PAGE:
advertisement
advertisement
advertisement

How to reframe your thinking about the worst parts of the holidays

For many, this time of year can be stressful and busy. Here’s how to reframe your thinking and enjoy the holiday season.

How to reframe your thinking about the worst parts of the holidays
[Photo: Ben Konfrst/Unsplash]

December is a tough time of year. It ought to be easy. Many businesses slow down. There are parties. You have the chance to spend time with friends and family.

advertisement
advertisement

And yet, holiday time is stressful.

Stress is the emotional reaction you get when there is something negative out there in the world that you’re trying to avoid. If you’re feeling stress around holiday time, then you need to figure out what you are trying to avoid and deal with it. That can be more complicated to do than it seems, because when you start being motivated to avoid negative things in the world, you also start focusing on all of the negatives around you, which can compound your stress.

Here are a few things to think about.

Navigating the party maze

Office parties are supposed to be fun. And sometimes, they’re great. But, your colleagues may not be your friends, and so the office party runs the risk of mixing different kinds of relationships.

Here are a couple of tips to make them go smoothly.

If you’re an introvert, then office parties are excruciating. You may enjoy your colleagues in small groups, but the stress of small talk (and—perish the thought—karaoke) puts fear in your heart. You still need to go, but go with a plan. Tell yourself that you’re just going for 20 minutes. That way, the party itself doesn’t create a lot of stress beforehand. Then, make a plan for who you need to talk to so that a few people will know you were there. Sometimes, the party is less bad than you think it will be, and you can always decide to stay longer. But, if you’re feeling uncomfortable, make a quick round and then head out.

advertisement

You still want to be professional. These are people you have to work with. Go easy on the alcohol  at company parties—even if the ethos is for people to let it all hang out. You have to work with these people after the party. The last thing you want is to be followed around the office by stories of bad behavior.

Just because you’re at a holiday party, don’t feel like you have to divulge lots of personal information if you don’t want to. If your colleagues aren’t the people you want to invite into your life, you can still be sociable. If you listen more than you talk, you won’t feel pressure to say more than you’re comfortable with.

Handling the web of gifts

The hardest part about the holidays is the gift giving. There may be people at work you need to give something to. And you probably have some gifts to give to family.

At the office, remember that it really is the thought that counts. Almost nobody needs yet another coffee mug. A nice note and a small token of appreciation is plenty.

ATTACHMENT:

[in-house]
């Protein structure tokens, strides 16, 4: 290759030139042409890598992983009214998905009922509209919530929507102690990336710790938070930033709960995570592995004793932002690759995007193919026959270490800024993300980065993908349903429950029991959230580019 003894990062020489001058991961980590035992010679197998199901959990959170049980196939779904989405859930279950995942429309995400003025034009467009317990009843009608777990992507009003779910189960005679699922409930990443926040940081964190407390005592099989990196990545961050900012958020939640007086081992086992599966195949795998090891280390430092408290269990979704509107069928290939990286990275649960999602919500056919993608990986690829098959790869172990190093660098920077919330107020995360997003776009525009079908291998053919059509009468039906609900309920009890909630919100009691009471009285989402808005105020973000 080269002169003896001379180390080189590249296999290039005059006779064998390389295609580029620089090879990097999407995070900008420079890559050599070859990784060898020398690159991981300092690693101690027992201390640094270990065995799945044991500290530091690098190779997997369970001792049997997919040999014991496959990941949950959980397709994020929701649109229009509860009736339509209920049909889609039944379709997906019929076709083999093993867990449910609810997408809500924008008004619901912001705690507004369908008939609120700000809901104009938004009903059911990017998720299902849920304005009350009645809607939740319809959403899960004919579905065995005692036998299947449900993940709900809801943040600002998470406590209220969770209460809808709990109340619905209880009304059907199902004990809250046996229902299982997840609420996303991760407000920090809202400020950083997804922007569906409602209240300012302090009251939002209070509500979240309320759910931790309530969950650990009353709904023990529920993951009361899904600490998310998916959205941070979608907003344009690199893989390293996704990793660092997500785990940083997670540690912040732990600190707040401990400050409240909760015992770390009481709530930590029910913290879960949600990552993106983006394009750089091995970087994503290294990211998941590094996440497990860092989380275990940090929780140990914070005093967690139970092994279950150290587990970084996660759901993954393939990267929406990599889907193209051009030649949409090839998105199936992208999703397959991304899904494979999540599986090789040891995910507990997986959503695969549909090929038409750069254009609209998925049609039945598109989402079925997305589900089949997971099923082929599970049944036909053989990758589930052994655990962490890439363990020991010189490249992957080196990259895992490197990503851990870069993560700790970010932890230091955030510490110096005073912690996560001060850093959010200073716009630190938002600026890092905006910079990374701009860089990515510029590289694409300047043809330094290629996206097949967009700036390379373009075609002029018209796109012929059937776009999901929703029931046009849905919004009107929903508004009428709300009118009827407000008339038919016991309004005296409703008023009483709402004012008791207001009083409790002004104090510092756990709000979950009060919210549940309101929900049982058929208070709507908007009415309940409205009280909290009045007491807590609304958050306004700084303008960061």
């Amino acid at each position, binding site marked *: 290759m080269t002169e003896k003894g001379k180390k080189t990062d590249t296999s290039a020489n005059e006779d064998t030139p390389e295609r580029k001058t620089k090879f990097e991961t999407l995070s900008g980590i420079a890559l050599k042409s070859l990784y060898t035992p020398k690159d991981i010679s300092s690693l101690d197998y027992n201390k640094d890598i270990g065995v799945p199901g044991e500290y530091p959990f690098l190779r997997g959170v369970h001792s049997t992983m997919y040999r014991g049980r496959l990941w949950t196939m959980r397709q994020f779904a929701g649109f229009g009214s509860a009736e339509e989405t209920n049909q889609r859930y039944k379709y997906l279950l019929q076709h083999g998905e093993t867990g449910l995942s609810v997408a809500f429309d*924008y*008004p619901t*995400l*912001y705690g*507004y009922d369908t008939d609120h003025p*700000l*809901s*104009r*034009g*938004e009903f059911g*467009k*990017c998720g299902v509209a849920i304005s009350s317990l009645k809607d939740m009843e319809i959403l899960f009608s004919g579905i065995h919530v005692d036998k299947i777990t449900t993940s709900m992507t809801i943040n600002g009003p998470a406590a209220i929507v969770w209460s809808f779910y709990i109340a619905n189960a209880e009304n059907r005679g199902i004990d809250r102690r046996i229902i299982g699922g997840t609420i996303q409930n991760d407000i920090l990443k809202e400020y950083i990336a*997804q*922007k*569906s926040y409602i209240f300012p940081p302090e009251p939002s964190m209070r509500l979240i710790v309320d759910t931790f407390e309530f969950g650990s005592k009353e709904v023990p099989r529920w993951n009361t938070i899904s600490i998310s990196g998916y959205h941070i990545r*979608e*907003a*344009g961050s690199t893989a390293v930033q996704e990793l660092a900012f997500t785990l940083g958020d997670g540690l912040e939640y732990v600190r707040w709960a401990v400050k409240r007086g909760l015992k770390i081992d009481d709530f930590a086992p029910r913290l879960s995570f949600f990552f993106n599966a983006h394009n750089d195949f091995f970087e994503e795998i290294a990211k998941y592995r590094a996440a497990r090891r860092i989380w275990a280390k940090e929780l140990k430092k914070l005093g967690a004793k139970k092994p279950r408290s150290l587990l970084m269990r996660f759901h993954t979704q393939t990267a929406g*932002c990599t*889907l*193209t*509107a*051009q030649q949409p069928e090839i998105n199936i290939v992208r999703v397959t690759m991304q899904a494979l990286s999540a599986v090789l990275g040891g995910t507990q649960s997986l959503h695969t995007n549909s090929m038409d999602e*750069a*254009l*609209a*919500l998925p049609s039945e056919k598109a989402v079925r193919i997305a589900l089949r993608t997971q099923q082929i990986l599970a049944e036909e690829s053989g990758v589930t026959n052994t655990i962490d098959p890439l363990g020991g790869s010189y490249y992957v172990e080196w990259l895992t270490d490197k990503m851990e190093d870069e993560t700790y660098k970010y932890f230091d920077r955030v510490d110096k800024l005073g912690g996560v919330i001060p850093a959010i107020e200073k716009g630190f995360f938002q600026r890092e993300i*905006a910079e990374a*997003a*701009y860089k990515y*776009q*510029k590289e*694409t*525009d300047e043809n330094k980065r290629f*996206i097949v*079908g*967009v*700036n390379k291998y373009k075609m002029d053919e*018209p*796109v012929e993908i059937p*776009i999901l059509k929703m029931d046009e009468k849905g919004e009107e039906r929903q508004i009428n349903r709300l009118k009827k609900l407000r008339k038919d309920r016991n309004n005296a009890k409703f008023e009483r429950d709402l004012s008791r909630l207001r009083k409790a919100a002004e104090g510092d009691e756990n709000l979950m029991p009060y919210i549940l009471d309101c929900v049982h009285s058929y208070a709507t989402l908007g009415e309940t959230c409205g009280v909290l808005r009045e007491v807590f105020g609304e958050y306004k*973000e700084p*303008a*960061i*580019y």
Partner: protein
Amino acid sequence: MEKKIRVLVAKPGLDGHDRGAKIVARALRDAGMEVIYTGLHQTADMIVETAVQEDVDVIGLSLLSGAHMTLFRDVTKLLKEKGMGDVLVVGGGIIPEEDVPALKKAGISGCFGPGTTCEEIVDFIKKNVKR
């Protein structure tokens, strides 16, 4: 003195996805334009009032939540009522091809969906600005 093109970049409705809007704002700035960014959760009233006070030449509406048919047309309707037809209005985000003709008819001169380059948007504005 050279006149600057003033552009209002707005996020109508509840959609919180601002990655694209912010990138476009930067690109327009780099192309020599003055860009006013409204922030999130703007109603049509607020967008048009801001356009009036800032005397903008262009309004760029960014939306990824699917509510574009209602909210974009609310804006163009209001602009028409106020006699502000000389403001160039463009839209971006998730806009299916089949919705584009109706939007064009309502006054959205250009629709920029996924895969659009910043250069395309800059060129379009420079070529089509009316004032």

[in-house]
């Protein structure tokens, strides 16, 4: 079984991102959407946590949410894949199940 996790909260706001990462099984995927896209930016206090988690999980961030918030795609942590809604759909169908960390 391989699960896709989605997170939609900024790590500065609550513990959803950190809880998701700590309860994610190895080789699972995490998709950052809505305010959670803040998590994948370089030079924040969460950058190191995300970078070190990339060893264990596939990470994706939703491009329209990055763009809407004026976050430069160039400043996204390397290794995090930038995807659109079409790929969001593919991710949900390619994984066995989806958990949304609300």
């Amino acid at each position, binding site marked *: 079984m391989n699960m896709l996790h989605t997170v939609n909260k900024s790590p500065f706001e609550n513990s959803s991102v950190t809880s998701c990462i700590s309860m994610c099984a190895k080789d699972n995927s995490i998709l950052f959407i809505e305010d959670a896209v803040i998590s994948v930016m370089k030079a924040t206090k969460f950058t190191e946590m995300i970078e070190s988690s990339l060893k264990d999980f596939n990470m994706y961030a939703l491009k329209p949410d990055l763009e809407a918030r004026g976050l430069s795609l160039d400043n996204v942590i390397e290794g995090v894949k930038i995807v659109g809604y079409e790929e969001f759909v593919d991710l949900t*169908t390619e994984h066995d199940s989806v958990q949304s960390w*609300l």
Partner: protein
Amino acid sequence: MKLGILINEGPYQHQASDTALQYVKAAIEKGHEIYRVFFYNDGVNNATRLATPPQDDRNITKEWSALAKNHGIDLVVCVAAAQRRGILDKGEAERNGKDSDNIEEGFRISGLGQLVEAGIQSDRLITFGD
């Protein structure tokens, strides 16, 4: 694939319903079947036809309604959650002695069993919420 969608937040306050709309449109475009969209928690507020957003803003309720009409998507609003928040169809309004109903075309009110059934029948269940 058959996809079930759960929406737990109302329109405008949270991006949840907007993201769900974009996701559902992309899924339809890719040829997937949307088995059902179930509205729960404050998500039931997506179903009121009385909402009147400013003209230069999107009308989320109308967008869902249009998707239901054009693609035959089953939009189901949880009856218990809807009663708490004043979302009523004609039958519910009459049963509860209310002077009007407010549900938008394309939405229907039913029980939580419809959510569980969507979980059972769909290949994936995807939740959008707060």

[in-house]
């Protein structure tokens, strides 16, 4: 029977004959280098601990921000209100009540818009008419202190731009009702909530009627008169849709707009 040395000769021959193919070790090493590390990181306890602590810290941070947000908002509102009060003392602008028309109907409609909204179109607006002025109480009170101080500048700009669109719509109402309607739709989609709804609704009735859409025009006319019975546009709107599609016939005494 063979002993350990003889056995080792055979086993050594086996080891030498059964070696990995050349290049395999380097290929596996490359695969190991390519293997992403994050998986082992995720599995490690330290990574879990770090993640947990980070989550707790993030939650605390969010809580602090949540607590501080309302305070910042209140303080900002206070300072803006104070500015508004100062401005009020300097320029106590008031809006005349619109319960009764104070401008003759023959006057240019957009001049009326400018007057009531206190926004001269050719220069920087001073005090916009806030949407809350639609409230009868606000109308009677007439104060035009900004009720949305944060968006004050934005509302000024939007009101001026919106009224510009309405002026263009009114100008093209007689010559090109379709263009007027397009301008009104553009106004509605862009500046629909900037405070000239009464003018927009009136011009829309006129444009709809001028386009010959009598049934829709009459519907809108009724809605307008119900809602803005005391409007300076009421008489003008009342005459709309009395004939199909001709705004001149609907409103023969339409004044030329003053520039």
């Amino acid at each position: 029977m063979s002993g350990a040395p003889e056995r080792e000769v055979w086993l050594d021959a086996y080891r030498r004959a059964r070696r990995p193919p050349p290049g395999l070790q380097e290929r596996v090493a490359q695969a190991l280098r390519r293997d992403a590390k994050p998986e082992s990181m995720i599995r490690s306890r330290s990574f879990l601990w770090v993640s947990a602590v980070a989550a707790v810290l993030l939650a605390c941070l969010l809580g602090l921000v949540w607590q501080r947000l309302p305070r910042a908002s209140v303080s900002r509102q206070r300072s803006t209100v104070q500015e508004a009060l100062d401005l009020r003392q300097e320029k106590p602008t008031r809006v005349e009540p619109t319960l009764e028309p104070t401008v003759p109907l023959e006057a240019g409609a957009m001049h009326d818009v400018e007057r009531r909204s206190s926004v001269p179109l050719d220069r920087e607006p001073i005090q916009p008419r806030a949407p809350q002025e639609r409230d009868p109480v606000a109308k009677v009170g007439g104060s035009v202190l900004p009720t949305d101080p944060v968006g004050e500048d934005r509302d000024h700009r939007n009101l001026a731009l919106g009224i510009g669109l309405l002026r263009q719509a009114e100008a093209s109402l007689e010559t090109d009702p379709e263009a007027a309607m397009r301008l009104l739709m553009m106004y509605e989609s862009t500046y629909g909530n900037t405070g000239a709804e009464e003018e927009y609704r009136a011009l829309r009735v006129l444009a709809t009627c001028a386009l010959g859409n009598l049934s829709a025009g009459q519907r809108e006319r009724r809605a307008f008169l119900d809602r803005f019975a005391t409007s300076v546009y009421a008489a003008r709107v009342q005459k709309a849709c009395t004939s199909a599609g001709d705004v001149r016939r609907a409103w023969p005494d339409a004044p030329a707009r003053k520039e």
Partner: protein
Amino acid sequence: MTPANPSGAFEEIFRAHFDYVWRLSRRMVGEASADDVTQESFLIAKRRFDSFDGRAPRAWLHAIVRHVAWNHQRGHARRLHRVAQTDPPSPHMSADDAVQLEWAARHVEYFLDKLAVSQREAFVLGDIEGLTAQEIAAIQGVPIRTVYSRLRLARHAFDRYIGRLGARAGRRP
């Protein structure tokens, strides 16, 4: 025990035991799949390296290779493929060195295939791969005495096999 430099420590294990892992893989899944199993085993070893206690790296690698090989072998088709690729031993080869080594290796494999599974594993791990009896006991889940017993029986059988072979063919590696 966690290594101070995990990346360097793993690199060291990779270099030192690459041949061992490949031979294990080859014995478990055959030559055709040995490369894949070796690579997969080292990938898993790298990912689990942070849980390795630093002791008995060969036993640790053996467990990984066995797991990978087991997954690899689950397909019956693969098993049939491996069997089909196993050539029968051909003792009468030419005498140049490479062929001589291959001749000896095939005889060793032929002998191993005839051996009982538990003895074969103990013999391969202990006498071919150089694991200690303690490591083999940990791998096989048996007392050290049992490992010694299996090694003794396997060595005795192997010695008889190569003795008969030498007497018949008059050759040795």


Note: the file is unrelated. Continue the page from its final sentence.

For family, it is probably best to keep in mind that experiences are almost always better than stuff. If you can spend some time with family members, that is a great gift. If you are far away, think about getting them something that will allow them to do something–passes to a movie, entry to a museum, a book of crossword puzzles, or a magazine on a topic they enjoy. These are gifts that will create memories rather than dust on the shelf.

When you start feeling stressed about gifts, think about the number of gifts you have gotten that you have completely forgotten. Most of what you get from others disappears from memory a few weeks into the new year. So, relax. An imperfect gift won’t destroy a relationship.

advertisement

Get a jump on next year

An oddly stressful part of the work year is that things slow down during the holidays. That can make you feel as though you ought to be getting something done, but aren’t. So, your brain goes on the lookout for why you are suddenly doing less than you had been doing in the past.

It might be valuable to take some of that extra time and do some of the tasks you have been avoiding when work is most hectic. If there is a book you have been meaning to read in your field, keep it by your desk and open it up. If there is some continuing education you can do online, consider taking some hours to develop new skills. If there are colleagues you haven’t seen in a while, find a time to grab a cup of coffee and find out what they are working on.

As soon as you get to the other side of New Year’s, work is going to pick right back up where it left off. By the time you have a chance to breathe again, it could be summer. So, anything you can do to fulfill some of your long-term goals when work is slow is effort you will appreciate later.

As an added bonus, it will make you feel productive, and so you’ll stress less over the reduced holiday workload.

advertisement
advertisement